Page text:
It’s still summer, and I do have that new bicycle project to start on. But sometimes you just need a break to work on something really simple. I love these Bent Creek Zipper kits because they are stitched on 18 count fabric over 2, and with pearl cotton – only one strand! Woo-hoo! The kit came with a really dark brown shade of DMC for the pumpkin, which I thought looked really off. So I found this skein of Chrysanthemum from Weeks Dye Works in my stash and it looks like a wonderful pumpkin shade!
But after I had stitched quite a bit of the pumpkin, I realized I was probably going to run out of floss, and I didn’t have another one. I could order one, but the odds that it would be an exact match would be pretty slim. So I started strategizing. I stitched the far right side of the pumpkin, then the far left side. To do the middle sections I would stitch a couple of rows, jump over to an empty spot, and stitch a couple of more rows. This way if I had to pick 2 solid colors of DMC to fill in, they would not be all in the same place. As I stitched more and more, I filled in the empty areas I had, in a sort of zig-zag motion. When it was getting close to the end I could finally sigh with relief and I completed the pumpkin with about 7 inches of floss to spare. Whew!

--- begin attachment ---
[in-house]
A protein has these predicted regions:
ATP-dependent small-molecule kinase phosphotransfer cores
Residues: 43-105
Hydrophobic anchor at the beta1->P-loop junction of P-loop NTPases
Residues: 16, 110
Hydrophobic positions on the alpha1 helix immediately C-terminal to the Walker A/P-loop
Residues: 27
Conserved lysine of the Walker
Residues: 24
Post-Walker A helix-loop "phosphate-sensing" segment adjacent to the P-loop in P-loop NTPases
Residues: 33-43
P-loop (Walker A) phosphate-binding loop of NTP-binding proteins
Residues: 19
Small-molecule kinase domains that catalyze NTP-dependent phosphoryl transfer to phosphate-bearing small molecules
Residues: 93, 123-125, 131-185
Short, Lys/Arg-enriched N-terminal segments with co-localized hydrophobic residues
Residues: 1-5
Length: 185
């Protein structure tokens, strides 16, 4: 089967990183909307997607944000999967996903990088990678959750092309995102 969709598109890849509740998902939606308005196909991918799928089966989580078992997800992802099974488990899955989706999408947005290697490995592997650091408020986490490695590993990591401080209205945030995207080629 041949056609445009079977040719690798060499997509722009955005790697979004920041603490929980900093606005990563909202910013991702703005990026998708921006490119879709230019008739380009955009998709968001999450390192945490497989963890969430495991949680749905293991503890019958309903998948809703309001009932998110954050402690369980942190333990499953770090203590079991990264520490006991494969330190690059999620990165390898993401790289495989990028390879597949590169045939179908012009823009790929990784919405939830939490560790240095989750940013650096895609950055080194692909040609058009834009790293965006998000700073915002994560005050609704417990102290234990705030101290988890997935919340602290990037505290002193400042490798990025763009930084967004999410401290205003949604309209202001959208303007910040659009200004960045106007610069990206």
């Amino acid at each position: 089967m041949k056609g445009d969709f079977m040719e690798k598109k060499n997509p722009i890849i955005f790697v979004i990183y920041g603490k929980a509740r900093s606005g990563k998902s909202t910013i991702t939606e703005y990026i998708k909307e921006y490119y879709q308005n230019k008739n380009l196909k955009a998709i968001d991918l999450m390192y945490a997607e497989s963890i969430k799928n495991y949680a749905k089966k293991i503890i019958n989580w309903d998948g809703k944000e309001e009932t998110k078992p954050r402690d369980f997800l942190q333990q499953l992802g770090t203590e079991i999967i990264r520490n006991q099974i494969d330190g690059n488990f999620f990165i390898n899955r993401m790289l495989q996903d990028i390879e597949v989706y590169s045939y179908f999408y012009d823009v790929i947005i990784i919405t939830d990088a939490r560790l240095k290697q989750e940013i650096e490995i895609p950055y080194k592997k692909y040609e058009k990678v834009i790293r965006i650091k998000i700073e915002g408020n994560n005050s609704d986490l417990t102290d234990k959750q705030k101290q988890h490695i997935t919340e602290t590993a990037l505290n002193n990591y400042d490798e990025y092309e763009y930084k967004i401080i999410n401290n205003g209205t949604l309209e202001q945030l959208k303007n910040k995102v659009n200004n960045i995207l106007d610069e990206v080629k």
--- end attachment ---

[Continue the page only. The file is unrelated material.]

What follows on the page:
The photo doesn’t clearly show the colors. The raven is black and the stem is dark green. The star is a brown color stitched with the only variegated floss that came in the kit. The pumpkin is made up of two shades, orange and coral.
While I love stitching quick and easy designs, especially smalls that I can use to decorate my home throughout the seasons, the downside is that they usually take about as much time to stitch as they do to kit up! Finding a design, printing it out, gathering the floss, finding the right color and count fabric in a large enough piece (while not being so large as to ruin something that would be perfect for a large stitch), oversewing the edges on the sewing machine, and mounting in a hoop or frame is very time consuming! I feel like I will have to soon kit up a bunch more designs. But in the meantime, here is the start of my new stitch, another freebie from Cheryl McKinnon (Tiny Modernist).
I love how her free designs only use a few colors and have no fractional or backstitches. These are the perfect projects for sitting on the couch watching TV or waiting in the car or doctor’s office. This design will have a pumpkin, squirrel, a couple of leaves, and an acorn on one side which will all be reproduced mirror image on the other side.
Tonight I finished up Autumn Flowers, and then had to decide if I wanted to rip out the two small flowers and redo them, or just leave it as it was. Here is the finished project along with the picture of how it should have looked.
In the end, I had plenty of floss left and there was enough time to rip out and restitch the two flowers tonight. I felt that if I didn’t redo it, I would forever look at it and wonder why I had left it. I am so glad I decided to frog the orange flowers and make them yellow.